Google streetview is one way to discover or rediscover a location.  Another is to search through real estate listings.  

For example, in England I know that real estate agents are still called estate agents.  But even that information is not necessary when a street name is known.  

Several property listings exist.  Typing the name of a street into Google or another search engine often reveals real estate listings first.

I have found that the house of my grandparents in England has been sold several times in recent years.  I lived there as a young child and in my late teens.  It was first sold during my lifetime soon after my grandfather died, just after I first came to Australia.  

That house had been a haven for me when I was growing up.  It always seems strange, when I go back to England, that the house of my grandparents belongs to a stranger.  It has been sold several times in recent years. 

Through real estate listings, I have been able to look again at the layout of the house.  I have been able to see how the garden looks, and even a few of the rooms.  The house has been extensively renovated.  My grandparents would not even recognise it.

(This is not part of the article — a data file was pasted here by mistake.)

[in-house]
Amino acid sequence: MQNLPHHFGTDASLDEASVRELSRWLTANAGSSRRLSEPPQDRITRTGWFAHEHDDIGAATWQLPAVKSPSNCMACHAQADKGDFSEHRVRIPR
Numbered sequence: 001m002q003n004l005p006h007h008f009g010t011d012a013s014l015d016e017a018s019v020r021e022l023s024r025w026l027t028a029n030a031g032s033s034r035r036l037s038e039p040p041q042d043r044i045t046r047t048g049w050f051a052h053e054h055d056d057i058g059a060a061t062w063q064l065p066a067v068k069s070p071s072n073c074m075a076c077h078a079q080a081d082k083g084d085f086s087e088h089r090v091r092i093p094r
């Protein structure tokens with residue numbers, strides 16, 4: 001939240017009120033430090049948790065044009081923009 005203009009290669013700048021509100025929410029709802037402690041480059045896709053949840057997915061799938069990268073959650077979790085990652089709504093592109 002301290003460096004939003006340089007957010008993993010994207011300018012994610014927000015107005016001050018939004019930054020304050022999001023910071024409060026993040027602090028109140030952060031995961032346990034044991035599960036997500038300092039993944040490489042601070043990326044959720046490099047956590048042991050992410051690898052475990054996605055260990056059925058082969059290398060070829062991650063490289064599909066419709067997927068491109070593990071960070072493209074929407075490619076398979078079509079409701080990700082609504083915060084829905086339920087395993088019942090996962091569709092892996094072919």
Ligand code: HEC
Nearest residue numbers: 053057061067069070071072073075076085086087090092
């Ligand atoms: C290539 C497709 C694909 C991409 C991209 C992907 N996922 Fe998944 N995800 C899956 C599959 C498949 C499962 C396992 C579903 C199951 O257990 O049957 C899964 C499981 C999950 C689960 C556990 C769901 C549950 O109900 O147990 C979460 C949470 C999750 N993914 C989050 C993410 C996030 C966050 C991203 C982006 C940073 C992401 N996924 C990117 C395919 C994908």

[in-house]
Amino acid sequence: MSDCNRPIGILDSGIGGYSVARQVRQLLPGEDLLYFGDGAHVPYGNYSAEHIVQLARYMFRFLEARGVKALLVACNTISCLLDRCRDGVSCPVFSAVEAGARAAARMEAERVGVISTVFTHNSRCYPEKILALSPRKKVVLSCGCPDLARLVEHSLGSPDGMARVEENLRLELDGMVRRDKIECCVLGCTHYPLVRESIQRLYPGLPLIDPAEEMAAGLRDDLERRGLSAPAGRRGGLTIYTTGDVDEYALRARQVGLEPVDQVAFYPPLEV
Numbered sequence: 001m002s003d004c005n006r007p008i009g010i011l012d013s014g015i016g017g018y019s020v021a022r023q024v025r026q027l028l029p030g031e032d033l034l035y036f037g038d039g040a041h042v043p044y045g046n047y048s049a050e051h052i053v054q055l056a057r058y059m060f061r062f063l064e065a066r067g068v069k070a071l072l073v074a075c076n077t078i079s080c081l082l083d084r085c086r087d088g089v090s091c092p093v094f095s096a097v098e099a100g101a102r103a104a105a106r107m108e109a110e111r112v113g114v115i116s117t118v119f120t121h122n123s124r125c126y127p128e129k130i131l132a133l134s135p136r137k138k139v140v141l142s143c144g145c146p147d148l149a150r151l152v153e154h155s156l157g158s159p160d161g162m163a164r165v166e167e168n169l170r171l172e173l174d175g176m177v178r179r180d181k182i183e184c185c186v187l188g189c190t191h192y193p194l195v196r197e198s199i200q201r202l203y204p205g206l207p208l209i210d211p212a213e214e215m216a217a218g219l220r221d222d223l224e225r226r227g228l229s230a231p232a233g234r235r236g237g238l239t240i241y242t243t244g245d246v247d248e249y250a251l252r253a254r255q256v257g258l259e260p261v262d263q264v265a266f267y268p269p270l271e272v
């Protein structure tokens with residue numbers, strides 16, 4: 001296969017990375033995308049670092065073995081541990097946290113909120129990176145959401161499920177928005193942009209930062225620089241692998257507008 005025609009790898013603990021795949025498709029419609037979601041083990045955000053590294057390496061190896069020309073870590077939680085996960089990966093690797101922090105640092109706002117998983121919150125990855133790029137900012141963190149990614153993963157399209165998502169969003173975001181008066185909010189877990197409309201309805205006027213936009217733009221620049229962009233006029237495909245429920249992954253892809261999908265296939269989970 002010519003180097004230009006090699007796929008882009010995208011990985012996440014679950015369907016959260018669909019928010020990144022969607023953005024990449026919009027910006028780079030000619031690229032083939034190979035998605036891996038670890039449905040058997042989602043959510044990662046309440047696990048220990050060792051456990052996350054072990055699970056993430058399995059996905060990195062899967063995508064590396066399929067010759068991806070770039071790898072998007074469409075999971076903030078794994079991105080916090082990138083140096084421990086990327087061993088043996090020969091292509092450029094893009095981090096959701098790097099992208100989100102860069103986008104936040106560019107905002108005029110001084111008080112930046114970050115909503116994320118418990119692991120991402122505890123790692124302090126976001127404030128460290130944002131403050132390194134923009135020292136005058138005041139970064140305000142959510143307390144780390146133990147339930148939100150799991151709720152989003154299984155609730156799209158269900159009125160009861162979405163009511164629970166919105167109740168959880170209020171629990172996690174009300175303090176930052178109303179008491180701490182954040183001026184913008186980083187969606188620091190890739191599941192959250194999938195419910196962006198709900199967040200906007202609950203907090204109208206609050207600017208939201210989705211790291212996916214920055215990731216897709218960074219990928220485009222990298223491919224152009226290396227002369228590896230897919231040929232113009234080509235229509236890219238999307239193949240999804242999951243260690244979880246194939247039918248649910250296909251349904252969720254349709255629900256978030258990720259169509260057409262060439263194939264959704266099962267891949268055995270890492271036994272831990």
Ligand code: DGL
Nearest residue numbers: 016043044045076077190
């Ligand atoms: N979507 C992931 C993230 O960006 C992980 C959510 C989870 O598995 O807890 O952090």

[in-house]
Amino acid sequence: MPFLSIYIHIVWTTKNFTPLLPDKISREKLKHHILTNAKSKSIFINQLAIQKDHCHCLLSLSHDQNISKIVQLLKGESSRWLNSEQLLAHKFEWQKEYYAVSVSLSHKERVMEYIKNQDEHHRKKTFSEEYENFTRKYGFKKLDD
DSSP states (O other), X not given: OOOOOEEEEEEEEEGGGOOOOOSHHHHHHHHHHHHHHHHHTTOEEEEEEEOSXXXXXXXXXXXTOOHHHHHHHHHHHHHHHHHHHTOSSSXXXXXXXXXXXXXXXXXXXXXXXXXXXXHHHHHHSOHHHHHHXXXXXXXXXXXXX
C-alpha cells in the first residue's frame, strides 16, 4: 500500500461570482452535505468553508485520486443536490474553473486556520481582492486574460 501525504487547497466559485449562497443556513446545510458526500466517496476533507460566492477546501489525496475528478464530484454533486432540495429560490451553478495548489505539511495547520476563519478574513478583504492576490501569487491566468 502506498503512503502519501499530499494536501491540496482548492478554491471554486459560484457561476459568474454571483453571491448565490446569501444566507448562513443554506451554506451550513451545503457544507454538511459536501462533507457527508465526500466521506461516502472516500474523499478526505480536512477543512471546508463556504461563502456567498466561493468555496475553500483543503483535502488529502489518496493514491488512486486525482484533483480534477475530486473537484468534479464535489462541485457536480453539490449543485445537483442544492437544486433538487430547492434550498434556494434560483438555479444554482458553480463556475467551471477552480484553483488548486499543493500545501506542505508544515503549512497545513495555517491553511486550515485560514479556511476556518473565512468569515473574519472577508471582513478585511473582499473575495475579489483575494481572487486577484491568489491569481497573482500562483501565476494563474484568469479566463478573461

The outside is painted a different colour.  The windows have been changed.  The back garden is now only a lawn.  I remember it as being mainly of bright flowers, with a greenhouse of tomatoes.

I have looked at other family locations, too, through real estate agent listings online, including other places I lived or visited as a child.  I have even been able to look inside some of those houses on websites.

And when I look at Google streetview, I simply take a photograph of that part of screen.  It is almost the same as going there in person.

Locations are worth more to me, emotionally, when I think about them in relation to my heritage.  There is little expense involved in collecting readily available images for my own private reminiscing.  The pictures help to jog my memory.  The places I knew as a child and my recalled memories make me realise that so much has changed since then!

05 November 2015

Work, Literacy, Poverty and Conscription